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Reuters Health Information (2008-07-16): Liver cancer surgery benefits patients with multiple tumors, portal hypertension


Liver cancer surgery benefits patients with multiple tumors, portal hypertension

Last Updated: 2008-07-16 15:18:04 -0400 (Reuters Health)

NEW YORK (Reuters Health) - Hepatic resection of hepatocellular carcinoma (HCC) should not be contraindicated in patients with multiple tumors or portal hypertension (PHT), according to a report from Japan in the June issue of Gastroenterology.

"Surgical indications recommended by the AASLD (American Association for the Study of Liver Disease) guideline and BCLC (Barcelona Clinic Liver Cancer) staging system may be too strict (resection is recommended only for patients with a single tumor without PHT), given that resection has offered the 5-year survival rate of close to 60% for Child-Pugh class A patients with multiple tumors and/or PHT," Dr. Norihiro Kokudo from the University of Tokyo told Reuters Health.

Dr. Kokudo and colleagues assessed the therapeutic value of liver resection for multiple HCC tumors and for HCC with PHT and reevaluated the current treatment algorithms for HCC, which were constructed on the basis of data obtained mainly in Western countries.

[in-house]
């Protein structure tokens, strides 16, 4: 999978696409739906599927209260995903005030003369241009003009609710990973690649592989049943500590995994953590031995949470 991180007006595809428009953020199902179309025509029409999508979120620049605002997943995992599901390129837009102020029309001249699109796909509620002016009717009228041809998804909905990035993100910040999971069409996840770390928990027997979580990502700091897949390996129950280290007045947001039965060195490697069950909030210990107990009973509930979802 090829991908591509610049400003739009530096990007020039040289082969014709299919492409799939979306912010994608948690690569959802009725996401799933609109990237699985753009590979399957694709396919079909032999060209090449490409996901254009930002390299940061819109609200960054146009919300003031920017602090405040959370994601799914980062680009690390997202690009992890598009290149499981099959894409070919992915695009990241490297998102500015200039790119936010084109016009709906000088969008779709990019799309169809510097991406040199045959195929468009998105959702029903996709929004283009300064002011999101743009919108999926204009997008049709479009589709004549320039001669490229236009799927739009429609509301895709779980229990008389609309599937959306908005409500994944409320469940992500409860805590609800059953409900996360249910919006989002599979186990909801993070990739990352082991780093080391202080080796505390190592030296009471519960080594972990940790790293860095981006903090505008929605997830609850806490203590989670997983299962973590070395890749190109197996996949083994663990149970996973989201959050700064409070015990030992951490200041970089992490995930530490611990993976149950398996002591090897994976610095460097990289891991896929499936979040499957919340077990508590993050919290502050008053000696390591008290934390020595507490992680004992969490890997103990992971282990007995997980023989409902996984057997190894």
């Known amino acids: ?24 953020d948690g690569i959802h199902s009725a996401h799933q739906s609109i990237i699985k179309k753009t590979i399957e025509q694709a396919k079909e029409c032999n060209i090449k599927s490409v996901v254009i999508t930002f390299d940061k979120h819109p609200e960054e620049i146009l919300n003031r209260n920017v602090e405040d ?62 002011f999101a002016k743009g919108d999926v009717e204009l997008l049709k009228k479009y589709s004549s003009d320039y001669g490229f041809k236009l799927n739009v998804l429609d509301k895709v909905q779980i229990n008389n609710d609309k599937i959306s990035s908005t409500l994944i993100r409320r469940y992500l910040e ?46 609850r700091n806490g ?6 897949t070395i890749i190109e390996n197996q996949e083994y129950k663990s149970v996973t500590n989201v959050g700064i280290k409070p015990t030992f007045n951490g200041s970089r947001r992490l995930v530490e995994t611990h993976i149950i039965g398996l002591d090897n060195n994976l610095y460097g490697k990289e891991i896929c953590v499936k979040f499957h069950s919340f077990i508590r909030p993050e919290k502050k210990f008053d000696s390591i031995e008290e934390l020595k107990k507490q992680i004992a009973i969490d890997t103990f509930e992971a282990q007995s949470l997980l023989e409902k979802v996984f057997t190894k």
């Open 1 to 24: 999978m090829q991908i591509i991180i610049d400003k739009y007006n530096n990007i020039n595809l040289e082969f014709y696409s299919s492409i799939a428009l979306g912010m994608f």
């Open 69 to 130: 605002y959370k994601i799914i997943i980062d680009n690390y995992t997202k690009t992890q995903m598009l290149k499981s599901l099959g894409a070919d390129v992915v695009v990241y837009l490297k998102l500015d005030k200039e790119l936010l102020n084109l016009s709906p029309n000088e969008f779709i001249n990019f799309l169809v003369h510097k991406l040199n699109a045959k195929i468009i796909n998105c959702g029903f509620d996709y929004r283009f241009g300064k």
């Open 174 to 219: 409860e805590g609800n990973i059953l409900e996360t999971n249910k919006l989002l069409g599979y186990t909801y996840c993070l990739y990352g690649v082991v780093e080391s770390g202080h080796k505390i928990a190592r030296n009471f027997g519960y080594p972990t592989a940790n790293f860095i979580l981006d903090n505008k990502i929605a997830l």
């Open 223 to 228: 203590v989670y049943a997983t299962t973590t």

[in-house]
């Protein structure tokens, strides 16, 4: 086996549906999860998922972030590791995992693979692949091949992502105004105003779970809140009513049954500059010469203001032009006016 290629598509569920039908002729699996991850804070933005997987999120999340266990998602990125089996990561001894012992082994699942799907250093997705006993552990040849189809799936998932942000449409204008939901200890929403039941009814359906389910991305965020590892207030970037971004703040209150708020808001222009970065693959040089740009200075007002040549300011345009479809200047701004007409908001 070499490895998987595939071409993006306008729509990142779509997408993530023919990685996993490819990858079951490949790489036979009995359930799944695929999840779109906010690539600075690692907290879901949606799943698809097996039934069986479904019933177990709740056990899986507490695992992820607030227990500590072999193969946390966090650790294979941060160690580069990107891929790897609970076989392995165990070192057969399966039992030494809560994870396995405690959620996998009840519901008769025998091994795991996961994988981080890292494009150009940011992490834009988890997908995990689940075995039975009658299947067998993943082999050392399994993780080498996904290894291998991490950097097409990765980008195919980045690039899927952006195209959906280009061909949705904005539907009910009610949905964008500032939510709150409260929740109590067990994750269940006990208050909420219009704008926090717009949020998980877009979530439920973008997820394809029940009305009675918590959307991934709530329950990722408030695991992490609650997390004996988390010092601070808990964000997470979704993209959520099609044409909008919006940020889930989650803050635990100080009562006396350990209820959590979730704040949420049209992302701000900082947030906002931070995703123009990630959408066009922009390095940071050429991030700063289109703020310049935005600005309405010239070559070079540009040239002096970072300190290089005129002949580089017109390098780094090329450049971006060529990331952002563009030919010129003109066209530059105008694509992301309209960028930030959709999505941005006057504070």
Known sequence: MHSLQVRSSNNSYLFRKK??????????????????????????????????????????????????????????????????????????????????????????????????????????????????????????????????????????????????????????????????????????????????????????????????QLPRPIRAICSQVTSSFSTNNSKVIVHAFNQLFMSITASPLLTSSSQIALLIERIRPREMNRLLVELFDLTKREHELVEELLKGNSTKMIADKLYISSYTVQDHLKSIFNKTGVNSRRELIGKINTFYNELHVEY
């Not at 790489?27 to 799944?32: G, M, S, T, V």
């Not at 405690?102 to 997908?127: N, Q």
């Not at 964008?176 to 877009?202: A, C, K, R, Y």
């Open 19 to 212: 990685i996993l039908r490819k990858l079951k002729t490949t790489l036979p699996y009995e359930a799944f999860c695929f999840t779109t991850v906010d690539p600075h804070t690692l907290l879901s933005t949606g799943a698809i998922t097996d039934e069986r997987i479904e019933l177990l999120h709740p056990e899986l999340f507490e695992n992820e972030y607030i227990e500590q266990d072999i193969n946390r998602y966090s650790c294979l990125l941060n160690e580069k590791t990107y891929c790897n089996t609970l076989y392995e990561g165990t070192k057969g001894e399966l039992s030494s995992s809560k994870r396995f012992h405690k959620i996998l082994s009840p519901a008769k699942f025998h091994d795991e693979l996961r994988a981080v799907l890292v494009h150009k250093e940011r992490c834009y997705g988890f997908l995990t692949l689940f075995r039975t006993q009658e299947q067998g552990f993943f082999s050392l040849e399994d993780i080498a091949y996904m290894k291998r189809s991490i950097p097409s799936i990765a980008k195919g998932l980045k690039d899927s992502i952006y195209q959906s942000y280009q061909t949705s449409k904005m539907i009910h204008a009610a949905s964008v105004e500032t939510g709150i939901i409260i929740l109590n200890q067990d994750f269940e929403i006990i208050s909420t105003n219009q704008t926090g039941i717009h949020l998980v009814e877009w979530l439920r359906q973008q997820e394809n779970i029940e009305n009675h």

Although long-term overall survival was lower in patients with multiple tumors than in patients with single tumors, the authors report, patients with multiple tumors had 5-year survival rates of 58% among those with Child-Pugh class A cirrhosis.

Long-term overall survival was also poorer in Child-Pugh class A patients with PHT (56% at 5 years) than in patients without PHT (71% at 5 years), the report indicates.

Nonetheless, "the overall survival of these patients exceeded the currently accepted limit for curative treatment of HCC (a 5-year overall survival of 50%) and compared favorably with previous results after resection (24%-60% for patients with multiple HCCs and 17%-50% for those with PHT)," the investigators explain.

In multivariate analyses, multiple tumors and PHT did not significantly predict overall survival, although multiple tumors independently increased the risk of recurrence.

Child-Pugh class B strongly predicted poor overall survival after resection, the researchers note.

Resection after recurrence also improved overall survival in patients with multiple tumors and in those with PHT, as well as in patients with single tumors and in those without PHT, the investigators say.

"We are planning to conduct a multicenter randomized controlled trial to compare therapeutic efficacy of resection and ablation for HCC, including Child-Pugh class B patients," Dr. Kokudo said.

"We must admit that Child-Pugh class B patients with multiple HCCs and/or PHT may not be good candidates for liver resection," Dr. Kokudo added. "However, resection may still be valuable even for Child-Pugh class B patients depending on the tumor characteristics (e.g., superficially located tumor or multiple tumors in a same segment)."

Gastroenterology 2008:134:1908-1916.

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